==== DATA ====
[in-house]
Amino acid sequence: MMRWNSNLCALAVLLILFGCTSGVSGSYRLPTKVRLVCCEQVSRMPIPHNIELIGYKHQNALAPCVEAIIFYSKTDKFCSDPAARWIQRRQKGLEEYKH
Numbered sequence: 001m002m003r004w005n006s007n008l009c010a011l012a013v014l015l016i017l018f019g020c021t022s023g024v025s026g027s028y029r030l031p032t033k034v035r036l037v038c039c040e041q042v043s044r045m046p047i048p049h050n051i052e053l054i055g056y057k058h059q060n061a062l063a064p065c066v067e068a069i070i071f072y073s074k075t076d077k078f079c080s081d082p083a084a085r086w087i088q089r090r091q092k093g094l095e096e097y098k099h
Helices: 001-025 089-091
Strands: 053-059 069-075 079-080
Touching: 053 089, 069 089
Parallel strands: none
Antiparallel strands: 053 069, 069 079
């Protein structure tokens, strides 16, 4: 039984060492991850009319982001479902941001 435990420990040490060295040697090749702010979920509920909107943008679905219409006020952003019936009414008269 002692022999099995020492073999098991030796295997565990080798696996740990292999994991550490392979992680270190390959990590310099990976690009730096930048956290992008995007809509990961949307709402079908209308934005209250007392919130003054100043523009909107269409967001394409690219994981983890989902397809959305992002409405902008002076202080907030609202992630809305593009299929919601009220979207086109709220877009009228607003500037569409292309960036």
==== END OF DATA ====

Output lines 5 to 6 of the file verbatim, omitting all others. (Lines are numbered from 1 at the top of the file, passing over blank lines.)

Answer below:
Strands: 053-059 069-075 079-080
Touching: 053 089, 069 089